Irregular Plural Nouns
Lesson 2 of 15
Objective: SWBAT identify the plural form of irregular nouns by using a dictionary.
I asked students if they knew what plural nouns were. Several raised their hands. I called on one and he told me plural means more than one. Next, I asked students to tell me how we write plural nouns. They said we add -s or -es. I asked about nouns like tooth. I heard them whisper tooths under their breath, realize it wasn't correct, and quickly pipe out, "Teeth!" "Yes!" I exclaimed. I explained some nouns are irregular. Instead of adding an -s or -es in the regular way to make it plural, it changes its spelling OR the singular and plural forms are the same.
I wrote two columns on the board. I labeled one singular and the other plural. I wrote tooth in the singular column and teeth in the plural column. I wrote child in the singular column and asked them to supply the plural. They promptly called out children. I did the same foot/feet and mouse/mice. I chose these nouns as examples because I knew students would be familiar with their plural forms. I reinforced the vocabulary by asking them what type of nouns they were. They correctly identified them as irregular.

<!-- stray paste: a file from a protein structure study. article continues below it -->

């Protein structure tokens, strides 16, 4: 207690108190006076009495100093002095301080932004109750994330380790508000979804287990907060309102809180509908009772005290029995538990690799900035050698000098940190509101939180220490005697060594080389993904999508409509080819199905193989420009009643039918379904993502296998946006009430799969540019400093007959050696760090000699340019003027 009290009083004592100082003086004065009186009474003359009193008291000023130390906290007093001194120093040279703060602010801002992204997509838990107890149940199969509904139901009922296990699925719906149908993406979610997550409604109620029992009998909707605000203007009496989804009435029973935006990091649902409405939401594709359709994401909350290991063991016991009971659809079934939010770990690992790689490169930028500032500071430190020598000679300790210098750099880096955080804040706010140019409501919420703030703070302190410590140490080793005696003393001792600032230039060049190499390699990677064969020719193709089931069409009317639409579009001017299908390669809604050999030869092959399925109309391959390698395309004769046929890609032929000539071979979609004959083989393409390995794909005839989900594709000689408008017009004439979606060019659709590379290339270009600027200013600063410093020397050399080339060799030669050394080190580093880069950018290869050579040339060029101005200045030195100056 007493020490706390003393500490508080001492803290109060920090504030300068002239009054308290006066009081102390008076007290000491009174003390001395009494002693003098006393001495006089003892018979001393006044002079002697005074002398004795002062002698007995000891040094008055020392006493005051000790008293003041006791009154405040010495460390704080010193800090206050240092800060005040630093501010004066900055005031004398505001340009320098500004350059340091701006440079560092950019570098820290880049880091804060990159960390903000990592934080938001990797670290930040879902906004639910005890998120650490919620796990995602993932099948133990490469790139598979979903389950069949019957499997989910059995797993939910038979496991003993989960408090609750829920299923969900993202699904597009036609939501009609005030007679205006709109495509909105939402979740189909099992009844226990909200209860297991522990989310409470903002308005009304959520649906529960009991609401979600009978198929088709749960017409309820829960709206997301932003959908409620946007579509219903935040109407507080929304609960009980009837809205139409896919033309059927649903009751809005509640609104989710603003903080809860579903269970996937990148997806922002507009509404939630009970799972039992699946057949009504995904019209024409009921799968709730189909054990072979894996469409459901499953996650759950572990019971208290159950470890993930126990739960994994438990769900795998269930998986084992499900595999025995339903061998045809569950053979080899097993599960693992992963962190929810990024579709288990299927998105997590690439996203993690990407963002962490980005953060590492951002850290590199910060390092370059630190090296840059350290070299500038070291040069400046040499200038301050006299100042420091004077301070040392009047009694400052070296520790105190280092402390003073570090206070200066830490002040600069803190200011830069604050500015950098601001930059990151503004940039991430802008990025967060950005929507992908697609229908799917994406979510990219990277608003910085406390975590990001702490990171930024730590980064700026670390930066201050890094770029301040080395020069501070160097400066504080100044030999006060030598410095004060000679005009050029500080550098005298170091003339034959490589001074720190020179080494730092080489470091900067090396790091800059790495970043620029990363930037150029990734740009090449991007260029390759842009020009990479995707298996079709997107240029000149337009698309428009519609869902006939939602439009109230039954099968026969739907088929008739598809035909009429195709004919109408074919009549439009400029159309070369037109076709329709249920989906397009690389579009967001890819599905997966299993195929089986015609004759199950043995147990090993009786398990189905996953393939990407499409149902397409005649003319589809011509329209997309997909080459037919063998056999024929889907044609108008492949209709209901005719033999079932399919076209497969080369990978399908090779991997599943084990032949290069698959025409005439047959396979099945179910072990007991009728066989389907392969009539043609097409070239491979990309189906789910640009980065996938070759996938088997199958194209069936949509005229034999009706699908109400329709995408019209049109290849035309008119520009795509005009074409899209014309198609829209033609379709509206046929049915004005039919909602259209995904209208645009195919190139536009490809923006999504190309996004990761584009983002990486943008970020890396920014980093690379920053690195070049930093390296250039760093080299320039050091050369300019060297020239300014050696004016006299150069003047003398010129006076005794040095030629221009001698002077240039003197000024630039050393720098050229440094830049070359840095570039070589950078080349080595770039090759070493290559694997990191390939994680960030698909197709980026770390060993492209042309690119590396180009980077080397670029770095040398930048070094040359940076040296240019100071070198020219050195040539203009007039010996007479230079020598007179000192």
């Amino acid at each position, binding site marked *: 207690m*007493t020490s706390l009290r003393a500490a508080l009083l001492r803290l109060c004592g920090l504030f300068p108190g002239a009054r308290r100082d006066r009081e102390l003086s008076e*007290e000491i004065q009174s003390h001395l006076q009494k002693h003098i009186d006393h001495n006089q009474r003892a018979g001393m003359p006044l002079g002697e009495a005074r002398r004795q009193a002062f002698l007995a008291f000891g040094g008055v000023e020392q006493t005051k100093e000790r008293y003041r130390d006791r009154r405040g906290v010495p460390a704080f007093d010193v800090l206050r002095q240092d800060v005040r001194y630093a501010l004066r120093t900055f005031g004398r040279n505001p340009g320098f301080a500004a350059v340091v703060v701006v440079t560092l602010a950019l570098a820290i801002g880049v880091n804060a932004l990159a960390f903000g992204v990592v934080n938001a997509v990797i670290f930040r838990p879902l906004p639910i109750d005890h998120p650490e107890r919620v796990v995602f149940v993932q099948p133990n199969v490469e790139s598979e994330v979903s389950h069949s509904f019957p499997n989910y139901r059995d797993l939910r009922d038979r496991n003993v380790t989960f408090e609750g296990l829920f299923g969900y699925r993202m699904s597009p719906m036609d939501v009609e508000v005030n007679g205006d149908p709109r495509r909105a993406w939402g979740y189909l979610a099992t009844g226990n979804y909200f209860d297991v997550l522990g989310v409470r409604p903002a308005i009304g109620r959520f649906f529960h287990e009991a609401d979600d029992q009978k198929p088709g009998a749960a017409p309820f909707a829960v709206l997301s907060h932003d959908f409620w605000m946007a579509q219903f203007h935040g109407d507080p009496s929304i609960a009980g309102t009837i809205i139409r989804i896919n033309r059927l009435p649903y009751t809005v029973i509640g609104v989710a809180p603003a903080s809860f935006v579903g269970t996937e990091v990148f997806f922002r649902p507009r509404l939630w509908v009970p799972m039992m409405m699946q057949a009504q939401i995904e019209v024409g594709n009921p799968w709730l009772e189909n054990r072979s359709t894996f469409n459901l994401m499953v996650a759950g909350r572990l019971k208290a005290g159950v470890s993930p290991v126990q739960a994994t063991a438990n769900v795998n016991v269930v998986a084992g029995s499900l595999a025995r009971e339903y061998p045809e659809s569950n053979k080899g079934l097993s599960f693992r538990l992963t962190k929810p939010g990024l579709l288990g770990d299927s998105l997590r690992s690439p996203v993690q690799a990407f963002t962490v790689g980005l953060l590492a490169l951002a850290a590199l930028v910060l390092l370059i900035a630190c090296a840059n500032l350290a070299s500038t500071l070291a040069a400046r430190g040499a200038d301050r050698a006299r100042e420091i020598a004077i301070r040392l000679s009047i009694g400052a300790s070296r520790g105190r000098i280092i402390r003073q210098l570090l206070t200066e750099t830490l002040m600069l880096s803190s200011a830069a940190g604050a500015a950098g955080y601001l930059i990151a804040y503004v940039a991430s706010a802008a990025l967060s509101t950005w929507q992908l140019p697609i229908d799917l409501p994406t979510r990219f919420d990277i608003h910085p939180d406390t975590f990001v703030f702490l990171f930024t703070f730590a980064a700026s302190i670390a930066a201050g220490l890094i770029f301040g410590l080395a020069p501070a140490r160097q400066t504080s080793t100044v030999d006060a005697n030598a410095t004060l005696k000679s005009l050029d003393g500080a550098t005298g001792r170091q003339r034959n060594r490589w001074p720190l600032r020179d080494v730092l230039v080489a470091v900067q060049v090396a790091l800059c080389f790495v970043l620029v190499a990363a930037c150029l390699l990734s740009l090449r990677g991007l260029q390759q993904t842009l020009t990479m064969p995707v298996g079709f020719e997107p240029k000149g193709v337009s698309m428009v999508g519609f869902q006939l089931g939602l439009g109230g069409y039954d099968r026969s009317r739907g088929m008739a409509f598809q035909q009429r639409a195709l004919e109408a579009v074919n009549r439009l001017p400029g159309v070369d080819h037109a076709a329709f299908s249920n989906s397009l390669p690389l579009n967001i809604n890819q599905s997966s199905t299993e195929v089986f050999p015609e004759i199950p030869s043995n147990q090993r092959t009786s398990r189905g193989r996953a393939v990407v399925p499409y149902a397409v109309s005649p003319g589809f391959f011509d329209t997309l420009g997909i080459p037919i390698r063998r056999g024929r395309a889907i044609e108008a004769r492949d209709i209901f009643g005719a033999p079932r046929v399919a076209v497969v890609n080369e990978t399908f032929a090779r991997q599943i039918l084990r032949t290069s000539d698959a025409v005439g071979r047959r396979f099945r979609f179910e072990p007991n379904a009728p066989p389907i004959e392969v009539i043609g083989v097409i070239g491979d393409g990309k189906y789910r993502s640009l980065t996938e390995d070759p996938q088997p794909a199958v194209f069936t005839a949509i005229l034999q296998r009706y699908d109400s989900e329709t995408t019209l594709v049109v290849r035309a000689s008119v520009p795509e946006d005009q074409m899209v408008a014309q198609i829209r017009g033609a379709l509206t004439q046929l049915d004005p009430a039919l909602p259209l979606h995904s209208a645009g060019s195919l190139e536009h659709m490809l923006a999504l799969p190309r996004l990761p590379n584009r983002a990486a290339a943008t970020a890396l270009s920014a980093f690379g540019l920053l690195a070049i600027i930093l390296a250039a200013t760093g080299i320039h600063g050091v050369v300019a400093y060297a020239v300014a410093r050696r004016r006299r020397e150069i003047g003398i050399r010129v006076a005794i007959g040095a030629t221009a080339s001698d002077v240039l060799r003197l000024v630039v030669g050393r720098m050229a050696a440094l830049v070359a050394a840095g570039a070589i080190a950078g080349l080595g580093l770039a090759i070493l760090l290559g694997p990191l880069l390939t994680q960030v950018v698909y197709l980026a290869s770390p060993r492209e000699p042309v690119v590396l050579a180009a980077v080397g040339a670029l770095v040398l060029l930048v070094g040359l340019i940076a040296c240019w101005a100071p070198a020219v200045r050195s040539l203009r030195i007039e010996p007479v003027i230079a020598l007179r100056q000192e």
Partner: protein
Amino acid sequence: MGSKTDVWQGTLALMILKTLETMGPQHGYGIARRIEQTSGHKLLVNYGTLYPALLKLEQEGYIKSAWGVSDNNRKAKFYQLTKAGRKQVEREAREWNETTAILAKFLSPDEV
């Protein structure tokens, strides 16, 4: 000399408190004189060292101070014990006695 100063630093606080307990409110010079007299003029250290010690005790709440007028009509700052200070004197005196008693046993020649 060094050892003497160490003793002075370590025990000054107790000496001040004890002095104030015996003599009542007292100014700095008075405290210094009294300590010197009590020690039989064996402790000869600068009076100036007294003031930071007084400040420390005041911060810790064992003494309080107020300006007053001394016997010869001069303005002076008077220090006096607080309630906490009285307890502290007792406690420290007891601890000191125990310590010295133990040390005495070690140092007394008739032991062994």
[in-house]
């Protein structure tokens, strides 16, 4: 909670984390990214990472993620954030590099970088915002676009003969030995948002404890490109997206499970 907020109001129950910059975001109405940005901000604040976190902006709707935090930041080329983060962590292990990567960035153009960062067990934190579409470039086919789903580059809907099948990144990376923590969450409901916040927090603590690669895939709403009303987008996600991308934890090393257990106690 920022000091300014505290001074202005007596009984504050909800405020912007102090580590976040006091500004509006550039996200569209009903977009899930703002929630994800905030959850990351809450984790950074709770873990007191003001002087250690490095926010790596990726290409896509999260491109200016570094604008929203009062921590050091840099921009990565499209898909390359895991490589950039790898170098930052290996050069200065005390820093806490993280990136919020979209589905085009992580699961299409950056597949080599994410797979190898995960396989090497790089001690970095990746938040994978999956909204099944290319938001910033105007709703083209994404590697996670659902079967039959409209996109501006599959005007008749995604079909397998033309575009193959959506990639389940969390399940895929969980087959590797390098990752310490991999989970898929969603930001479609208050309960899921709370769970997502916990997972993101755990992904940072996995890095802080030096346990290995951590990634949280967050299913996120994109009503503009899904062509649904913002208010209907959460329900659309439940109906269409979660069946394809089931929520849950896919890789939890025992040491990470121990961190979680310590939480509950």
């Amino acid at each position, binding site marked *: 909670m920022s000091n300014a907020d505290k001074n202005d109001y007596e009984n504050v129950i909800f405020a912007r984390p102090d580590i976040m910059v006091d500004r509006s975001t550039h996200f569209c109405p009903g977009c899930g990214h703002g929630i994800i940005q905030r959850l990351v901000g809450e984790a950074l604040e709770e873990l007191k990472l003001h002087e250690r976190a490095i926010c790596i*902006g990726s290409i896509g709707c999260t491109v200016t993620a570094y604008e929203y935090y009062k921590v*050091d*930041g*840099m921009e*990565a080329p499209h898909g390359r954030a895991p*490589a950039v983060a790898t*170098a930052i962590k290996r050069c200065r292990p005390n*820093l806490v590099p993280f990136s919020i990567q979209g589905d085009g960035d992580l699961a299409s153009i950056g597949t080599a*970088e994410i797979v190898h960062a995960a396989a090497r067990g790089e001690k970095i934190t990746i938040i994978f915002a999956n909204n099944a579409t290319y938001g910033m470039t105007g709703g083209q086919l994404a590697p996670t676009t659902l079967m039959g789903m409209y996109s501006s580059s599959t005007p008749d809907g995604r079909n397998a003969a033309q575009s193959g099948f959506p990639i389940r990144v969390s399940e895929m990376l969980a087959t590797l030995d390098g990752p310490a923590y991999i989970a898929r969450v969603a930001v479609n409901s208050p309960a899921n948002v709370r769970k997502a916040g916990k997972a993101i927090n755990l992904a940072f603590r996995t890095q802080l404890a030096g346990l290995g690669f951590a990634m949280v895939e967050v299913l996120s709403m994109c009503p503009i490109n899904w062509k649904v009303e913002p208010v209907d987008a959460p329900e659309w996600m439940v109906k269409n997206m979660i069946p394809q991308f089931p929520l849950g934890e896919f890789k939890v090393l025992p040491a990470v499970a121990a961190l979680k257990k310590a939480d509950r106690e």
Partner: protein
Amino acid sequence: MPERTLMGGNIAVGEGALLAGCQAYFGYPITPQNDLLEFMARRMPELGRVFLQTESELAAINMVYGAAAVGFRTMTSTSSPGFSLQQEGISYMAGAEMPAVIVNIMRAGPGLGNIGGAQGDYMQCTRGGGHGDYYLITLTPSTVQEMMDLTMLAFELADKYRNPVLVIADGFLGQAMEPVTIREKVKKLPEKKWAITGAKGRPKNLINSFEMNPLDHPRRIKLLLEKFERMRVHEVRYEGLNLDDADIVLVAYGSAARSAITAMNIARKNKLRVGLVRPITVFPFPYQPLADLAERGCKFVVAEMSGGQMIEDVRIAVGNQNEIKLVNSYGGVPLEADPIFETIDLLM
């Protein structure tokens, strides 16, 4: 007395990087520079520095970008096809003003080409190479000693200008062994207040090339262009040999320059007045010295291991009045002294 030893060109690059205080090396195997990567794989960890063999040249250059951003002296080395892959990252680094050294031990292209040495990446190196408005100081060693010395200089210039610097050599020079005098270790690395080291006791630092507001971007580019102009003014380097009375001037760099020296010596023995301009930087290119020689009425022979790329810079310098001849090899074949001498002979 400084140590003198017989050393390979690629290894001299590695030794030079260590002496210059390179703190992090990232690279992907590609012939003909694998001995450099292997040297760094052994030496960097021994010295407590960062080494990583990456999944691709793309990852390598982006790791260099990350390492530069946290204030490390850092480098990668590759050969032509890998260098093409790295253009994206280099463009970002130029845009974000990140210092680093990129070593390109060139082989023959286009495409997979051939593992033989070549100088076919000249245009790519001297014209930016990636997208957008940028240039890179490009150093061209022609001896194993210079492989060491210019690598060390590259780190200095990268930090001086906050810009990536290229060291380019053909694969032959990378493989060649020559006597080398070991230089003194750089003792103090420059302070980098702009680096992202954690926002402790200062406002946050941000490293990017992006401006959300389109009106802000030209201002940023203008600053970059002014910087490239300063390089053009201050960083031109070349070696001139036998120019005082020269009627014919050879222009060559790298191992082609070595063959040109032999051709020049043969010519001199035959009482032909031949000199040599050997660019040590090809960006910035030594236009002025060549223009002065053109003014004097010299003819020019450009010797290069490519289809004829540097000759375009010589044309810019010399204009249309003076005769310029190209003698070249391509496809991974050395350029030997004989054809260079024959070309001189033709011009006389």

I passed out the worksheet where students would write the plural form of irregular nouns. I told them they were going to learn the plural form of irregular nouns by looking them up in the dictionary. (To review uses of the dictionary, I randomly called on students to read the bulleted list on the dictionary skills poster. One of the listed uses is other word forms.) I modeled how to do this by placing a children’s dictionary on the document camera. I looked up the word child and pointed out where they would find the plural form of the word (children). I modeled writing it on the worksheet. Students followed suit on their own sheet. Students are familiar with how to use the dictionary, so I released them to complete the assignment with a partner.
Students self-selected partners. I did this because the assignment did not require a particular reading level. I walked around and monitored students as they worked. I was looking for whether or not students were flipping through the dictionary page by page, or using the guide words as taught in a previous lesson. I want students to become proficient in locating words as well as being able to find the plural form.
Students were assessed on the number of correct responses. Incorrect responses were circled on their paper and given back for correction. 80% was considered mastery.
Ticket Out the Door – I wanted students to reflect on what they had learned today, so I asked them to write which irregular plural form surprised them the most. I wanted students to reflect on the fact that not all plural nouns take the -s or -es ending. Geese and oxen were the most common responses.